Academic writing tagged posts


Intriguing Prose in Academic Research: Bringing Life to Scientific Papers


I. Abstract

II. Caveats

III. Introduction

IV. Encyclopedic Theses

V. Narrowing the Research Topic

VI. Narrowing the Question

VII. Critical Reading

VIII. Critical Writing

IX. Succinct Academic Writing

X. Attracting the Reader’s Attention

XI. Critical Composition

XII. Paragraphs in Composition

XIII. Correlative Paragraphs

XIV. Connections, Conjunctions, and Transitions

XV. Clarity of Expression

XVI. Punctuation

XVII. Conclusion

XVIII. Recommendations

XIX. Bibliography

XX. End notes


All academic theses have abstracts.1 Abstracts let the reader decide whether or not to continue to read the thesis, and show the reader what to look for if he or she does read the thesis.

No abstract should be inserted merely to repeat the outline of the thesis...

Read More

Attacking Academic Excellence, Scientific Inquiry and Dumbing-down Education in Perú and the Third World


I. Abstract

II. Introduction

III. Educational Costs are Limiting Academic Learning

IV. Religion is Circumscripting Learning

V. University Ratings: Worldwide with Focus on Perú

VI. Low National Scores

VII. Wealth and Fear of Progress

VIII. No Books, Bad Books, Pirated Books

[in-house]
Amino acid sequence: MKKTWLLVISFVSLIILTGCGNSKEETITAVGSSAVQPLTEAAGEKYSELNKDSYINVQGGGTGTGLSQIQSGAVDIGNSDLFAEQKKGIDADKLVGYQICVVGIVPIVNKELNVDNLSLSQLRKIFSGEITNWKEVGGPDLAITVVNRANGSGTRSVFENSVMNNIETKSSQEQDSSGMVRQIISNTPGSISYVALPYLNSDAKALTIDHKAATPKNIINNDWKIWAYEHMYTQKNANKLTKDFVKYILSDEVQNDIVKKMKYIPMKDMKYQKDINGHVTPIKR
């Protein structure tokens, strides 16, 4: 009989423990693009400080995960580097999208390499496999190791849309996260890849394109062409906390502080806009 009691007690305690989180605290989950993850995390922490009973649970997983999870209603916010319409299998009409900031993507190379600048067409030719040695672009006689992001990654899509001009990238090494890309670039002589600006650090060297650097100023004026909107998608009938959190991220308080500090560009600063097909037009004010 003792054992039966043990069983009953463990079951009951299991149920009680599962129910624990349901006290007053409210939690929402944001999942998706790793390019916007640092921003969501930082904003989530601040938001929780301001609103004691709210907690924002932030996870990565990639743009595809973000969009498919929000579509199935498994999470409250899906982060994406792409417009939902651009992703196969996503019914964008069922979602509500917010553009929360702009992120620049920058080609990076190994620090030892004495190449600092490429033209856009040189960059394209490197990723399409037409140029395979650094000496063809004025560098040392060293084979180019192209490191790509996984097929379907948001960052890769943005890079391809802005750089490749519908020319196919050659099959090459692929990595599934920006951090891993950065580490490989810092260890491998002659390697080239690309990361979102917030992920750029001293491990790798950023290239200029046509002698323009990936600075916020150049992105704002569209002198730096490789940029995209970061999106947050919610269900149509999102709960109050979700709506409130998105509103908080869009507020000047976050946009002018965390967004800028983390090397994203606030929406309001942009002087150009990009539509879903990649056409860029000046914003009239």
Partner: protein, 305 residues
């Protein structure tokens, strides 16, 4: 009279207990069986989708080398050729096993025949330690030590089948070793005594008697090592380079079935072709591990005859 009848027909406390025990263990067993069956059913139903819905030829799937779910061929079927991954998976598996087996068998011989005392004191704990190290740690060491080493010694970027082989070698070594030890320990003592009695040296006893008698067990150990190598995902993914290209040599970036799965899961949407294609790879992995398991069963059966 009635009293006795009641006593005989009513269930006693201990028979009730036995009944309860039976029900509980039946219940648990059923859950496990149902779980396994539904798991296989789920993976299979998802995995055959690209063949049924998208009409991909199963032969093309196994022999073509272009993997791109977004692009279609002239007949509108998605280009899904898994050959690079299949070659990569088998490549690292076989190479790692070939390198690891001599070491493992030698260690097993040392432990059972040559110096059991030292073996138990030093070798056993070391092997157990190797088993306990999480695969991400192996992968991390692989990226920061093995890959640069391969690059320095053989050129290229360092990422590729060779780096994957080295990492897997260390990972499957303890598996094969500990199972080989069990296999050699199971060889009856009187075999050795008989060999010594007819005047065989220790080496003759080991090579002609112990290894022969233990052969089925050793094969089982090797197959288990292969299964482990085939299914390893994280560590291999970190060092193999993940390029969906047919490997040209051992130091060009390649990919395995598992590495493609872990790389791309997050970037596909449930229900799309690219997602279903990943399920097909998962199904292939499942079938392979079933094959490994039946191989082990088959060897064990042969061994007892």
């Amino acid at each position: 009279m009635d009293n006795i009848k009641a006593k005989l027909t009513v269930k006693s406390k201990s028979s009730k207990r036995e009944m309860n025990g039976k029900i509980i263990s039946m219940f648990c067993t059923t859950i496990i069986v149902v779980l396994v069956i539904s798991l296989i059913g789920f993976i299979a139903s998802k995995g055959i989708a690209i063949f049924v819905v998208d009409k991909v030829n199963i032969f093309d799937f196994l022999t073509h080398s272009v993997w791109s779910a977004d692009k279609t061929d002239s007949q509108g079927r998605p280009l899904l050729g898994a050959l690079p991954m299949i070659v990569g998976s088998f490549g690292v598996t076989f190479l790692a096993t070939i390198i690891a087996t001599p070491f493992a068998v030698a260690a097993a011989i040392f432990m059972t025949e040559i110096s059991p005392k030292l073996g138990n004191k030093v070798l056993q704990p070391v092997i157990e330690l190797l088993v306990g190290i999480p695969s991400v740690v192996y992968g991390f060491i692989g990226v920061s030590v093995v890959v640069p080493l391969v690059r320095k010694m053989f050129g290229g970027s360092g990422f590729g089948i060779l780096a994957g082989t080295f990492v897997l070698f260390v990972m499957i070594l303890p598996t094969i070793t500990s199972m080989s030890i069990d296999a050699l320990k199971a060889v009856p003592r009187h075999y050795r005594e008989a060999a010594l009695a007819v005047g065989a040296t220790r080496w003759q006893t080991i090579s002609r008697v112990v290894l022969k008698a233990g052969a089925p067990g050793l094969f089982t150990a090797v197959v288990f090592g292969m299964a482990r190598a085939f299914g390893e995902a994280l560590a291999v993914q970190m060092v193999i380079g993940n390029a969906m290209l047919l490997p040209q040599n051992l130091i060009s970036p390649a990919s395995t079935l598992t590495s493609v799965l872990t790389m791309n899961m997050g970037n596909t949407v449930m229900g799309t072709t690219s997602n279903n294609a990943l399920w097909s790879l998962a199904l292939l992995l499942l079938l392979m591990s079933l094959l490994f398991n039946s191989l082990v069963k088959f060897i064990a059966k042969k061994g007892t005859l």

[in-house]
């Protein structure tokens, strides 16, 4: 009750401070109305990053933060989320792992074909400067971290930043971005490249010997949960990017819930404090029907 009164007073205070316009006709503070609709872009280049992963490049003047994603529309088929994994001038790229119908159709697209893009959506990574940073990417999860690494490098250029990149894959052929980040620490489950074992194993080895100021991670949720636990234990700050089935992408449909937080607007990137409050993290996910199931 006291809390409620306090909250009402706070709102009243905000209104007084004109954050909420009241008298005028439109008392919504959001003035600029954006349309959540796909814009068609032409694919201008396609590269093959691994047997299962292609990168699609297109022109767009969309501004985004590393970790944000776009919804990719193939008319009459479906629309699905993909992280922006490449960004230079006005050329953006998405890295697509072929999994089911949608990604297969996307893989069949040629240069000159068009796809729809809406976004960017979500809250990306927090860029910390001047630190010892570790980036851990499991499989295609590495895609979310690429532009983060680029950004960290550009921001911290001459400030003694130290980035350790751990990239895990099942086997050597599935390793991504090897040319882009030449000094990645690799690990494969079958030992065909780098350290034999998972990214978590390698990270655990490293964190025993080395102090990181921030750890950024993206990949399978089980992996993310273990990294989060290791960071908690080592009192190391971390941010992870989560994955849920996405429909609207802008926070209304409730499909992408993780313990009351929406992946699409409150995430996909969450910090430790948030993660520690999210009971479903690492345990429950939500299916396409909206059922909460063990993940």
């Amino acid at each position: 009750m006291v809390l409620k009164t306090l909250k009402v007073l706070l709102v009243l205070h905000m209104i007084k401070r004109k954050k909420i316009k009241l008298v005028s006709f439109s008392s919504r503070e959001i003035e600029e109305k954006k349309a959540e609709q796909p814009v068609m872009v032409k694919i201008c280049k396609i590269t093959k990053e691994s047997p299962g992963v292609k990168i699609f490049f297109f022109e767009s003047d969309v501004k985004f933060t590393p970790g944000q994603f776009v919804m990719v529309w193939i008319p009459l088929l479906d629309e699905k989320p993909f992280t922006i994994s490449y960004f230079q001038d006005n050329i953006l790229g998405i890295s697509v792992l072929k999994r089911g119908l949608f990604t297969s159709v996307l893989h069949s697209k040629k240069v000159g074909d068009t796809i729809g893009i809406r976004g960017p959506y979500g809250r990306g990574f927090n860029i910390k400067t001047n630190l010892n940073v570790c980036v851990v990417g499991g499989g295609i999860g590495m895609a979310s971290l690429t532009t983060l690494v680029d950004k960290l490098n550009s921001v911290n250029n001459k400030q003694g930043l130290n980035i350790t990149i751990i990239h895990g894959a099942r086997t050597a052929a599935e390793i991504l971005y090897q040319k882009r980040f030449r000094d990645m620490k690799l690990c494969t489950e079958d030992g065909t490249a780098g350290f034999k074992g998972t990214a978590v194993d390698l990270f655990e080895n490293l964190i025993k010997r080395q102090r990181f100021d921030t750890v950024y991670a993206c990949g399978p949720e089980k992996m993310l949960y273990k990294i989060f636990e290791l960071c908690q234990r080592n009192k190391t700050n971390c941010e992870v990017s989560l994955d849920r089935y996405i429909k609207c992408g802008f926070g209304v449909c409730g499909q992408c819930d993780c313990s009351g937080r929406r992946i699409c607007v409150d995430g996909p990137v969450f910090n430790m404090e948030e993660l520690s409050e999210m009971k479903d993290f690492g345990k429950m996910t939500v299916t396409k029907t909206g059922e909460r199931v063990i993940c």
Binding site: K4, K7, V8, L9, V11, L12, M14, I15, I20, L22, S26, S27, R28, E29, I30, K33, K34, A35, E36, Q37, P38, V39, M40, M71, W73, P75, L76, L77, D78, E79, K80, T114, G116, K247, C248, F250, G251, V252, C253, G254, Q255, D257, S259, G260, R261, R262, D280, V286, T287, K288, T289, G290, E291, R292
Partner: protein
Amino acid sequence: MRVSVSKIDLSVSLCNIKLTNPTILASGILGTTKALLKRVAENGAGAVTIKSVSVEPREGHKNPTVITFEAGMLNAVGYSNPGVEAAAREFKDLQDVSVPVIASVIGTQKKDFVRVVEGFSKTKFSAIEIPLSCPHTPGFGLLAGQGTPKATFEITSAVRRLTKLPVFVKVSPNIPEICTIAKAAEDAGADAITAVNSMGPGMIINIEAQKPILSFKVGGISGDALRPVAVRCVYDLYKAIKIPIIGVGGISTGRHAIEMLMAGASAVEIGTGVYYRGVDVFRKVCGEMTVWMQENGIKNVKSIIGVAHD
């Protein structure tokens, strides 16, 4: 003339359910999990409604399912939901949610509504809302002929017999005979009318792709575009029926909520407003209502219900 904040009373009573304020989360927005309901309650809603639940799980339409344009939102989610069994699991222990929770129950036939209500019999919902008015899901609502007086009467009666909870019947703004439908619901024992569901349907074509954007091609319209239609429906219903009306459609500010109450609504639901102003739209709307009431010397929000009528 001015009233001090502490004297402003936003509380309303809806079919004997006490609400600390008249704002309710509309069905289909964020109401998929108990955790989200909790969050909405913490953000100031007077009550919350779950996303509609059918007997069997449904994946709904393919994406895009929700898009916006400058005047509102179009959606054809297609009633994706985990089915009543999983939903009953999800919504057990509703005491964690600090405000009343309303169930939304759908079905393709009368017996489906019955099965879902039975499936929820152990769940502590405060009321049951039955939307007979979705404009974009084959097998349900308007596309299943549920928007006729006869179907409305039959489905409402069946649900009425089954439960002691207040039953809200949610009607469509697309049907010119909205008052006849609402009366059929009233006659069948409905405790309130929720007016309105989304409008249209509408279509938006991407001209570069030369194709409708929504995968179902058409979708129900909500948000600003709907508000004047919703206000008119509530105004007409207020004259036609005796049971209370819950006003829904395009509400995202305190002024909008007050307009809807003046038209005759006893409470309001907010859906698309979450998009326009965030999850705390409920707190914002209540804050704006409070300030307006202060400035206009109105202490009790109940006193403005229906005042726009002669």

IX. Intellectual Property and Degree Mills

X. For-profit Universities: Murdering Education for Money

XI. Benchmarking: Steps to Successful Scientific and Academic Research

XII. Identifying Potential Partners

XIII. Identifying Data Sources

XIV. Establishing Process Differences

XV. Targeting Future Performance

XVI. Communicative Process

XVII. Adjusting Research Goal

XVIII. Review and Recalibrating Research

XIX. Calibration and Recalibration in Learning Areas

XX. Conclusion and Recommendations

XXI. Bibliography


Read More

Academic Writing for Publication


I. Introduction

II. Background

III. Antithesis

IV. Antethesis

V. Protothesis

VI. Synthesis

VII. Reiteration of Rubric: Reality of Academic Writing

VIII. Peer Review

IX. Adversarial Reviews

X. Meeting the challenge in mastering the English language

XI. Academic Writing Requirements

XII. Summary

XIII. Recommendations

XIV. Bibliography

XV. Footnotes


In academia, investigation, research (research is frequently confused with investigation, although in Academic English they mean different aspects in the conduct of inquiry), writing, rewriting, editing, redacting, and publishing is conducted in several sets of forms and genres, not all that are geared, directed, responsive to or a part of the author’s field of specialization to the lamentable loss of true scholarship...

Read More